My goal was to be able to present a module working in perl6 that would provide the user with as much functionality possible of what Text::CSV_XS offers: flexible feature-rich safe and fast CSV parsing and generation.

    For now I have to drop the "fast" requirement, but I am convinced that the speed will pick up later.

    Text::CSV_XS currently offers a testsuite with 50171 tests, so my idea was that if I convert the test suite to perl6 syntax, it good very well serve a point of proof for whatever I wrote in perl6.

    There's a few things that you need to know about me and my attitude towards perl6 before you are able to value what has happened (at least I see this as a valueable path, you might not care at all).

    I do not like the new whitespace issues that perl6 imposes on the code. It strikes *me* as ugly and illogical. That is the main reason why I dropped interest in perl6 very early in the process. In Sofia however, I had a conversation (again) with a group of perl6 developers who now proclaimed that they could meet my needs as perl6 now has a thing called "slang", where the syntax rules can be lexically changed. Not only did they tell me it was possible, but early October 2014, Slang::Tuxic was created just for me and low and behold, I could write code in perl6 without the single big annoyance that drove me away in the first place. This is NOT a post to get you to use this slang, it is (amongst other things) merely a reason to show that perl6 is flexible enough to take away annoyences.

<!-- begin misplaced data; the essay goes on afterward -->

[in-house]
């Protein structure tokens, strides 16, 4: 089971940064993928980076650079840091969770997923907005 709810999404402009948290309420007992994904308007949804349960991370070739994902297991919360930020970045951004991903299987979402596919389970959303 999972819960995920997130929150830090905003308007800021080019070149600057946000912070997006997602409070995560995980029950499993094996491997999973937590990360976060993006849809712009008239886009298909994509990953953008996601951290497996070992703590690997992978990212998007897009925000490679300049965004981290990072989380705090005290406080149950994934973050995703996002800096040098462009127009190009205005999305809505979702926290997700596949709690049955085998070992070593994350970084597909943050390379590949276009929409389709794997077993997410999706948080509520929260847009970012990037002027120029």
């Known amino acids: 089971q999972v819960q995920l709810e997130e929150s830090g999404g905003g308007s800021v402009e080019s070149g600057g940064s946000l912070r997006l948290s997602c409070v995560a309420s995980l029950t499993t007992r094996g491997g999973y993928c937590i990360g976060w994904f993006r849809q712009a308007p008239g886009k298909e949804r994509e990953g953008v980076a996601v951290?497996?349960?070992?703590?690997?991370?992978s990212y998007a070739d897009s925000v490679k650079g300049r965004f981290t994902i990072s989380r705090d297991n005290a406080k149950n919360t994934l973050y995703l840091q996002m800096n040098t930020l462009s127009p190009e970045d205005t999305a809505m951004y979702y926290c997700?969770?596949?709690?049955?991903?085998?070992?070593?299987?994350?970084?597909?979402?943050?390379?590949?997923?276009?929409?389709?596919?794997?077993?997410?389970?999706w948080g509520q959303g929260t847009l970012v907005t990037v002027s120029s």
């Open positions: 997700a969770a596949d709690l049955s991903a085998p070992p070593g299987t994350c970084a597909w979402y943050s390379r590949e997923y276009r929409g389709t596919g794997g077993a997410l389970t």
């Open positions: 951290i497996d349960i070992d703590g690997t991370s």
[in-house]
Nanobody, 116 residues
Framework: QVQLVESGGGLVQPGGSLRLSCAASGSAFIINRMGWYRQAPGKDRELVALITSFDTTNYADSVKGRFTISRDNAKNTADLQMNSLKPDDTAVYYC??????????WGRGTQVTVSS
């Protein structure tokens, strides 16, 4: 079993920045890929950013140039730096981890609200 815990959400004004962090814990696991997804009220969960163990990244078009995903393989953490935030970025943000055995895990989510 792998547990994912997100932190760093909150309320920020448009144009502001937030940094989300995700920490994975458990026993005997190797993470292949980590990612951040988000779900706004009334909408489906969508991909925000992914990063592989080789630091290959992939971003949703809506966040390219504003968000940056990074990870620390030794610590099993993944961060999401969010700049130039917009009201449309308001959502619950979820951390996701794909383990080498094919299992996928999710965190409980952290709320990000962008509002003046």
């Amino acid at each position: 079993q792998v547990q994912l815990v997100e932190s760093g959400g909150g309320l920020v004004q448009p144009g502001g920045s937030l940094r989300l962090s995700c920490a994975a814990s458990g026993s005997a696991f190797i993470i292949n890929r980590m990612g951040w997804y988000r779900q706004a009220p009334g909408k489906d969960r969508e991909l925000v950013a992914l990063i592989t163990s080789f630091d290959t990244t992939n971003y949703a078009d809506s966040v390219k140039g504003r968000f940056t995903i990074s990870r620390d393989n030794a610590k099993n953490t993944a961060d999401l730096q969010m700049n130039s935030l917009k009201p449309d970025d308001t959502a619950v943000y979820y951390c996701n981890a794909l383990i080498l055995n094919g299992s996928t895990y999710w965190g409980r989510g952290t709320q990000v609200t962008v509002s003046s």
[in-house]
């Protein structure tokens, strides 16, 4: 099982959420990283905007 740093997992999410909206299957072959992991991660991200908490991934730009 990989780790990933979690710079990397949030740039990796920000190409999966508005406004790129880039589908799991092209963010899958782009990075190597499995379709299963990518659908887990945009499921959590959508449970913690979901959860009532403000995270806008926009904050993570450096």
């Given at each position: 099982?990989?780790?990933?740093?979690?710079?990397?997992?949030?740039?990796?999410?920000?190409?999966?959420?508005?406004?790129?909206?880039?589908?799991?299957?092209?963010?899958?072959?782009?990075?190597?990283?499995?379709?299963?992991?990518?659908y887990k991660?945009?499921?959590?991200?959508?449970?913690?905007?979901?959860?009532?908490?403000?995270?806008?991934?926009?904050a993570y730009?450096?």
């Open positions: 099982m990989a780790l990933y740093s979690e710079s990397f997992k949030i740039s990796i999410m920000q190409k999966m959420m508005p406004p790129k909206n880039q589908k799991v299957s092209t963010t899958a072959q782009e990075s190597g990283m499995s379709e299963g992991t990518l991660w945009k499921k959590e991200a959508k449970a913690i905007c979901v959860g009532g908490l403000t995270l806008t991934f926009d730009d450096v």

Given that I now can write beautiful perl (against, beauty in the eyes of the beholder), I regained enjoyment again and John and I were so stupid to take the fact that perl6 actually can be used now, to promise to pick a module in the perl5 area and port it to perl5. XS being an extra hurdle, we aimed high and decided to "do" CSV_XS.

    So, I have 50000+ tests that I want to PASS (ideally) but I soon found out that with perl6 having type checking, some tests are useless, as the perl6 compiler already catches those for you. Compare that to use strict in perl5, so I can just delete all tests that pass wrong arguments to the different methods.

    Converting error-dealing stuff was fun too but I think that if you try to mimic what people expect in perl5, it is not too hard to get the best of both worlds: I'm quite happy already with error-handling as it stands.

    So, the real reason for this post is what I found to have no answer to, as it wasn't tested for or had tests that were bogus.

    • What should be done when parsing a single line of data is valid, but there is trailing data in the line after parsing it.?
      $csv->parse (qq{"foo",,bar,1,3.14,""\r\n"more data});
      parse is documented to parse the line and enable you to get the fields with fields. In contrast with getline, which acts on IO, it will just discard all data beyond the EOL sequence. I am uncertain if that is actually what it should do. Should it "keep" the rest for the next iteration? Should it be discarded? Should it cause a warning? Or an error?